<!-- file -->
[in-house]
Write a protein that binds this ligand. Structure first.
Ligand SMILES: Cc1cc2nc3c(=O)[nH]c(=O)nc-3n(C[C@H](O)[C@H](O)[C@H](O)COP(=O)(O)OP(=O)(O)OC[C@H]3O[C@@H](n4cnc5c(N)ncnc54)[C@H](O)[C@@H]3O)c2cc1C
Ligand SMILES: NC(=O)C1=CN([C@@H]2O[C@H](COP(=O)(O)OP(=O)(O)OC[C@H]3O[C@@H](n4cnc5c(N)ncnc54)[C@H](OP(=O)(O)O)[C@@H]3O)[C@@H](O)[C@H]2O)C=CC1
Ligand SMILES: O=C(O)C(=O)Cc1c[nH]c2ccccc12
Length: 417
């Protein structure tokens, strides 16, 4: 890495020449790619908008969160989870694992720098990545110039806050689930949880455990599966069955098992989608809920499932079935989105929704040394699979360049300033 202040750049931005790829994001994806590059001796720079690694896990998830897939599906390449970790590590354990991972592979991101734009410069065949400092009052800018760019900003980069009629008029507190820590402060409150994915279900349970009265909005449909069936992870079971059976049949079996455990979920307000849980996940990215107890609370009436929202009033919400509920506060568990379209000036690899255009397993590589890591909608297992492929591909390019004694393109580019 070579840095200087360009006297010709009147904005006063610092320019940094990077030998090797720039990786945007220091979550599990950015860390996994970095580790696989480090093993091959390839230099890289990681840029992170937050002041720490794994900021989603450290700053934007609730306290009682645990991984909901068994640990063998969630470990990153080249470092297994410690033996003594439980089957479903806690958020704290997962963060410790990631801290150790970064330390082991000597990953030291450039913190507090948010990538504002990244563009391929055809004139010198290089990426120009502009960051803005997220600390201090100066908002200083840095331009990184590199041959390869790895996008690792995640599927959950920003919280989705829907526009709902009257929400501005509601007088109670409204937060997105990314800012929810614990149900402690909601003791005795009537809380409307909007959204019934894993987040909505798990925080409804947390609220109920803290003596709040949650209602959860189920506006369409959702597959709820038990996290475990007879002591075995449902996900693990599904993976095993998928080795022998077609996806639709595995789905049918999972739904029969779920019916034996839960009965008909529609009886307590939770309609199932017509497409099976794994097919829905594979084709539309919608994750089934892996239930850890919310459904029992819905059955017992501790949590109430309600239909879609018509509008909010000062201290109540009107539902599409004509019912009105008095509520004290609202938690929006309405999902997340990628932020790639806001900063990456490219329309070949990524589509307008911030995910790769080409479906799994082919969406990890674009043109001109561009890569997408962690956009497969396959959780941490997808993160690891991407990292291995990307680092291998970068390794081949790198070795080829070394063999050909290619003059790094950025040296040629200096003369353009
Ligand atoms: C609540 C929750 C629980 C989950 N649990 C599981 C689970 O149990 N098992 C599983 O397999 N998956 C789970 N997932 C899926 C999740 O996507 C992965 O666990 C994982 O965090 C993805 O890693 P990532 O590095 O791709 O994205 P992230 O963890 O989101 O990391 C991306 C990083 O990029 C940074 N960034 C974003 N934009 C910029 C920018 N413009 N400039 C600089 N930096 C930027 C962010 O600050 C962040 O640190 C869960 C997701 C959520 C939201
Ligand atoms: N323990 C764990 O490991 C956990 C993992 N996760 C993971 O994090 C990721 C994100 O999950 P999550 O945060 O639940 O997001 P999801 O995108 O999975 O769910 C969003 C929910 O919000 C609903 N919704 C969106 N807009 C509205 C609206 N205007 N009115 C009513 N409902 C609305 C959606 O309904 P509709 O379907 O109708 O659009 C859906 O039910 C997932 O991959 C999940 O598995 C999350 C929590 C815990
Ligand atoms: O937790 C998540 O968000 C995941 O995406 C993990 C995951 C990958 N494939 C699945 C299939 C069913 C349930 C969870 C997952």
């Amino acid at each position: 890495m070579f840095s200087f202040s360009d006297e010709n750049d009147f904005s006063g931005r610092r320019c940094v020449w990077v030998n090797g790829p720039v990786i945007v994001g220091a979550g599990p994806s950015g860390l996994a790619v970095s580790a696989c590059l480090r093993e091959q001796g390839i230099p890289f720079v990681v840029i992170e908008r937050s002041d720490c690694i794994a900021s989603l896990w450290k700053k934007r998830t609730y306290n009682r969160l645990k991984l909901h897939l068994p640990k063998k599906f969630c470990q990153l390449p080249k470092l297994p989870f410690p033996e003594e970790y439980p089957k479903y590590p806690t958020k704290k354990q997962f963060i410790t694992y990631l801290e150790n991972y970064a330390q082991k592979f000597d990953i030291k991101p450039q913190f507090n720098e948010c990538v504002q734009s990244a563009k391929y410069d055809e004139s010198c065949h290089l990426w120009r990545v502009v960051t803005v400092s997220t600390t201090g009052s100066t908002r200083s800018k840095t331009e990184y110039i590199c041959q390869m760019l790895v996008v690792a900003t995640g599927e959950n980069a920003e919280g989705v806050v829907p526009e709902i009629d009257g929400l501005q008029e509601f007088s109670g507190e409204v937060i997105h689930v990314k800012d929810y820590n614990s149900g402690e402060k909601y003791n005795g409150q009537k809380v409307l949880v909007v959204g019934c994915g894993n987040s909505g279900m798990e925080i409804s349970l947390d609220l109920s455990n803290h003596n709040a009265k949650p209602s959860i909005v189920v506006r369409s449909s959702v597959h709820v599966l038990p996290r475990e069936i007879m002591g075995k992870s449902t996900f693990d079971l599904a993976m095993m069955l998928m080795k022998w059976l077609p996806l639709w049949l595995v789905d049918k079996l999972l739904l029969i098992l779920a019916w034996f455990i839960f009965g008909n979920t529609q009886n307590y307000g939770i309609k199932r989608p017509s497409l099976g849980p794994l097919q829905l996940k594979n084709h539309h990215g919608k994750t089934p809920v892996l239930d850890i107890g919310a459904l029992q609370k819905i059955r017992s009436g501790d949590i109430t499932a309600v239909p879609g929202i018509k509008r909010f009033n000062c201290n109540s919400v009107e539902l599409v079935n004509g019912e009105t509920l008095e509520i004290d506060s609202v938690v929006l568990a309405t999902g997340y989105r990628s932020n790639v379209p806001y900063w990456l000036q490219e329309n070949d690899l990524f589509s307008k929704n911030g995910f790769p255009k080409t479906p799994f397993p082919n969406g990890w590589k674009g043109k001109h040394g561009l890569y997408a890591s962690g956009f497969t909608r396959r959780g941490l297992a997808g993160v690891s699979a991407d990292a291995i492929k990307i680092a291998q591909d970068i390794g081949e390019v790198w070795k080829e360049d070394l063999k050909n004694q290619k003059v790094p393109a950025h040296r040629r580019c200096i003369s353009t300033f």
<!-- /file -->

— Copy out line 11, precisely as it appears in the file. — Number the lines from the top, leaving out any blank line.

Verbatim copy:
């Amino acid at each position: 890495m070579f840095s200087f202040s360009d006297e010709n750049d009147f904005s006063g931005r610092r320019c940094v020449w990077v030998n090797g790829p720039v990786i945007v994001g220091a979550g599990p994806s950015g860390l996994a790619v970095s580790a696989c590059l480090r093993e091959q001796g390839i230099p890289f720079v990681v840029i992170e908008r937050s002041d720490c690694i794994a900021s989603l896990w450290k700053k934007r998830t609730y306290n009682r969160l645990k991984l909901h897939l068994p640990k063998k599906f969630c470990q990153l390449p080249k470092l297994p989870f410690p033996e003594e970790y439980p089957k479903y590590p806690t958020k704290k354990q997962f963060i410790t694992y990631l801290e150790n991972y970064a330390q082991k592979f000597d990953i030291k991101p450039q913190f507090n720098e948010c990538v504002q734009s990244a563009k391929y410069d055809e004139s010198c065949h290089l990426w120009r990545v502009v960051t803005v400092s997220t600390t201090g009052s100066t908002r200083s800018k840095t331009e990184y110039i590199c041959q390869m760019l790895v996008v690792a900003t995640g599927e959950n980069a920003e919280g989705v806050v829907p526009e709902i009629d009257g929400l501005q008029e509601f007088s109670g507190e409204v937060i997105h689930v990314k800012d929810y820590n614990s149900g402690e402060k909601y003791n005795g409150q009537k809380v409307l949880v909007v959204g019934c994915g894993n987040s909505g279900m798990e925080i409804s349970l947390d609220l109920s455990n803290h003596n709040a009265k949650p209602s959860i909005v189920v506006r369409s449909s959702v597959h709820v599966l038990p996290r475990e069936i007879m002591g075995k992870s449902t996900f693990d079971l599904a993976m095993m069955l998928m080795k022998w059976l077609p996806l639709w049949l595995v789905d049918k079996l999972l739904l029969i098992l779920a019916w034996f455990i839960f009965g008909n979920t529609q009886n307590y307000g939770i309609k199932r989608p017509s497409l099976g849980p794994l097919q829905l996940k594979n084709h539309h990215g919608k994750t089934p809920v892996l239930d850890i107890g919310a459904l029992q609370k819905i059955r017992s009436g501790d949590i109430t499932a309600v239909p879609g929202i018509k509008r909010f009033n000062c201290n109540s919400v009107e539902l599409v079935n004509g019912e009105t509920l008095e509520i004290d506060s609202v938690v929006l568990a309405t999902g997340y989105r990628s932020n790639v379209p806001y900063w990456l000036q490219e329309n070949d690899l990524f589509s307008k929704n911030g995910f790769p255009k080409t479906p799994f397993p082919n969406g990890w590589k674009g043109k001109h040394g561009l890569y997408a890591s962690g956009f497969t909608r396959r959780g941490l297992a997808g993160v690891s699979a991407d990292a291995i492929k990307i680092a291998q591909d970068i390794g081949e390019v790198w070795k080829e360049d070394l063999k050909n004694q290619k003059v790094p393109a950025h040296r040629r580019c200096i003369s353009t300033f």